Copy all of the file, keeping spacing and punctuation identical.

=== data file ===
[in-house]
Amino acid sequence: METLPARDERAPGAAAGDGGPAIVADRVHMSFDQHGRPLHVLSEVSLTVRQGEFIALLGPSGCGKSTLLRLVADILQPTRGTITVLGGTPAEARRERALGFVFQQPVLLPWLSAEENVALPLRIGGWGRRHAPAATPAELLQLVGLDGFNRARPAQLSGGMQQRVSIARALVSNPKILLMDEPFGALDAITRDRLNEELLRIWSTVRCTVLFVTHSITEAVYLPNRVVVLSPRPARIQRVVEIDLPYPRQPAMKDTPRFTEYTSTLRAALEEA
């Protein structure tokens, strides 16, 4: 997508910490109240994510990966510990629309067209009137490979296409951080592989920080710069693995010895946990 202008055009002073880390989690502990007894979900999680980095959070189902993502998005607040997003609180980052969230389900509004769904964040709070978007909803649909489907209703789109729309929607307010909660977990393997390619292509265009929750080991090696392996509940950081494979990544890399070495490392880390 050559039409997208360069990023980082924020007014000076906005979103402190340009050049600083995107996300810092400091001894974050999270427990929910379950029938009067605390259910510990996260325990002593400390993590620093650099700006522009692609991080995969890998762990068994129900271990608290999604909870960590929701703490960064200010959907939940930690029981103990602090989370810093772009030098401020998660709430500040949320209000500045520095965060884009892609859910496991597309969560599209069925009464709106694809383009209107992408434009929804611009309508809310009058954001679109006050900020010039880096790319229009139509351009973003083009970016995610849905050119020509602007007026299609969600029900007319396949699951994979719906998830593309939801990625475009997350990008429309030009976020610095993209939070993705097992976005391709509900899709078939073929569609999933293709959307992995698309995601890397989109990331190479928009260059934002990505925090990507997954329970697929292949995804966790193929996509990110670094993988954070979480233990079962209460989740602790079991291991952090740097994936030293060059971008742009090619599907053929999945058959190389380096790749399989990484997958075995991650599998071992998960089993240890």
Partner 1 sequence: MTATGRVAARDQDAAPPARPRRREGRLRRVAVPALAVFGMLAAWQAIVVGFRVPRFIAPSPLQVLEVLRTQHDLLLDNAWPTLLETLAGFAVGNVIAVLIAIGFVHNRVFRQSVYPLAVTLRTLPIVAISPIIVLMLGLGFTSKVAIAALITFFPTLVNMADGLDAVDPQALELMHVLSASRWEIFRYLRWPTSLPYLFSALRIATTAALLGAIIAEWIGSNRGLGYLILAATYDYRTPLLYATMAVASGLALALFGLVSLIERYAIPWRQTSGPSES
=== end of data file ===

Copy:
[in-house]
Amino acid sequence: METLPARDERAPGAAAGDGGPAIVADRVHMSFDQHGRPLHVLSEVSLTVRQGEFIALLGPSGCGKSTLLRLVADILQPTRGTITVLGGTPAEARRERALGFVFQQPVLLPWLSAEENVALPLRIGGWGRRHAPAATPAELLQLVGLDGFNRARPAQLSGGMQQRVSIARALVSNPKILLMDEPFGALDAITRDRLNEELLRIWSTVRCTVLFVTHSITEAVYLPNRVVVLSPRPARIQRVVEIDLPYPRQPAMKDTPRFTEYTSTLRAALEEA
């Protein structure tokens, strides 16, 4: 997508910490109240994510990966510990629309067209009137490979296409951080592989920080710069693995010895946990 202008055009002073880390989690502990007894979900999680980095959070189902993502998005607040997003609180980052969230389900509004769904964040709070978007909803649909489907209703789109729309929607307010909660977990393997390619292509265009929750080991090696392996509940950081494979990544890399070495490392880390 050559039409997208360069990023980082924020007014000076906005979103402190340009050049600083995107996300810092400091001894974050999270427990929910379950029938009067605390259910510990996260325990002593400390993590620093650099700006522009692609991080995969890998762990068994129900271990608290999604909870960590929701703490960064200010959907939940930690029981103990602090989370810093772009030098401020998660709430500040949320209000500045520095965060884009892609859910496991597309969560599209069925009464709106694809383009209107992408434009929804611009309508809310009058954001679109006050900020010039880096790319229009139509351009973003083009970016995610849905050119020509602007007026299609969600029900007319396949699951994979719906998830593309939801990625475009997350990008429309030009976020610095993209939070993705097992976005391709509900899709078939073929569609999933293709959307992995698309995601890397989109990331190479928009260059934002990505925090990507997954329970697929292949995804966790193929996509990110670094993988954070979480233990079962209460989740602790079991291991952090740097994936030293060059971008742009090619599907053929999945058959190389380096790749399989990484997958075995991650599998071992998960089993240890």
Partner 1 sequence: MTATGRVAARDQDAAPPARPRRREGRLRRVAVPALAVFGMLAAWQAIVVGFRVPRFIAPSPLQVLEVLRTQHDLLLDNAWPTLLETLAGFAVGNVIAVLIAIGFVHNRVFRQSVYPLAVTLRTLPIVAISPIIVLMLGLGFTSKVAIAALITFFPTLVNMADGLDAVDPQALELMHVLSASRWEIFRYLRWPTSLPYLFSALRIATTAALLGAIIAEWIGSNRGLGYLILAATYDYRTPLLYATMAVASGLALALFGLVSLIERYAIPWRQTSGPSES